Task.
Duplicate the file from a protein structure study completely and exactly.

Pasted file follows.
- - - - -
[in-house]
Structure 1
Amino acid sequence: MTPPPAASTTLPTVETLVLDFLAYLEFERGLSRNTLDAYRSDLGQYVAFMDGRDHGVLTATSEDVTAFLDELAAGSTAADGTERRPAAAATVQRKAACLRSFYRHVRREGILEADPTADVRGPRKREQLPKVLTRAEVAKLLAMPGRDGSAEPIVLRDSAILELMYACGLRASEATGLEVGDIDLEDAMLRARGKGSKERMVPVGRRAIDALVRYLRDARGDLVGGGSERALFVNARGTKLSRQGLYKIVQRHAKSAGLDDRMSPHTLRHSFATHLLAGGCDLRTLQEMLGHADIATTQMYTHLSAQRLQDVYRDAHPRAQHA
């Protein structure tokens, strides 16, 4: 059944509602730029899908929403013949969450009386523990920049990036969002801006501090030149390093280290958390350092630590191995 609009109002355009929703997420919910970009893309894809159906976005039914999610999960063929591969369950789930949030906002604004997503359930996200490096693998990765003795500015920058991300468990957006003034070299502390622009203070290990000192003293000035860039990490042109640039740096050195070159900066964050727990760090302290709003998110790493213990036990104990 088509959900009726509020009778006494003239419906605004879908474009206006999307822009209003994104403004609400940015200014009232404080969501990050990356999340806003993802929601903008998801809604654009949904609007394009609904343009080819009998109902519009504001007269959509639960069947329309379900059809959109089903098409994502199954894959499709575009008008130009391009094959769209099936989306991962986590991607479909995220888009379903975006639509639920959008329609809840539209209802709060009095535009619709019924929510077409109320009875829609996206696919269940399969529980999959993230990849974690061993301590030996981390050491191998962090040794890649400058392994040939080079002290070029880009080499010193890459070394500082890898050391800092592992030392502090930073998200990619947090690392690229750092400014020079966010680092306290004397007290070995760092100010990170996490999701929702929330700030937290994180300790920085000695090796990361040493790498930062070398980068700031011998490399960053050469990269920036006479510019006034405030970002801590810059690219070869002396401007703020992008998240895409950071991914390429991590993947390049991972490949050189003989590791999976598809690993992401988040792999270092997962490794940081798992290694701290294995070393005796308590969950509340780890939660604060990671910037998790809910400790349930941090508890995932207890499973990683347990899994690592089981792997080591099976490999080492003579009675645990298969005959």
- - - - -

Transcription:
[in-house]
Structure 1
Amino acid sequence: MTPPPAASTTLPTVETLVLDFLAYLEFERGLSRNTLDAYRSDLGQYVAFMDGRDHGVLTATSEDVTAFLDELAAGSTAADGTERRPAAAATVQRKAACLRSFYRHVRREGILEADPTADVRGPRKREQLPKVLTRAEVAKLLAMPGRDGSAEPIVLRDSAILELMYACGLRASEATGLEVGDIDLEDAMLRARGKGSKERMVPVGRRAIDALVRYLRDARGDLVGGGSERALFVNARGTKLSRQGLYKIVQRHAKSAGLDDRMSPHTLRHSFATHLLAGGCDLRTLQEMLGHADIATTQMYTHLSAQRLQDVYRDAHPRAQHA
């Protein structure tokens, strides 16, 4: 059944509602730029899908929403013949969450009386523990920049990036969002801006501090030149390093280290958390350092630590191995 609009109002355009929703997420919910970009893309894809159906976005039914999610999960063929591969369950789930949030906002604004997503359930996200490096693998990765003795500015920058991300468990957006003034070299502390622009203070290990000192003293000035860039990490042109640039740096050195070159900066964050727990760090302290709003998110790493213990036990104990 088509959900009726509020009778006494003239419906605004879908474009206006999307822009209003994104403004609400940015200014009232404080969501990050990356999340806003993802929601903008998801809604654009949904609007394009609904343009080819009998109902519009504001007269959509639960069947329309379900059809959109089903098409994502199954894959499709575009008008130009391009094959769209099936989306991962986590991607479909995220888009379903975006639509639920959008329609809840539209209802709060009095535009619709019924929510077409109320009875829609996206696919269940399969529980999959993230990849974690061993301590030996981390050491191998962090040794890649400058392994040939080079002290070029880009080499010193890459070394500082890898050391800092592992030392502090930073998200990619947090690392690229750092400014020079966010680092306290004397007290070995760092100010990170996490999701929702929330700030937290994180300790920085000695090796990361040493790498930062070398980068700031011998490399960053050469990269920036006479510019006034405030970002801590810059690219070869002396401007703020992008998240895409950071991914390429991590993947390049991972490949050189003989590791999976598809690993992401988040792999270092997962490794940081798992290694701290294995070393005796308590969950509340780890939660604060990671910037998790809910400790349930941090508890995932207890499973990683347990899994690592089981792997080591099976490999080492003579009675645990298969005959």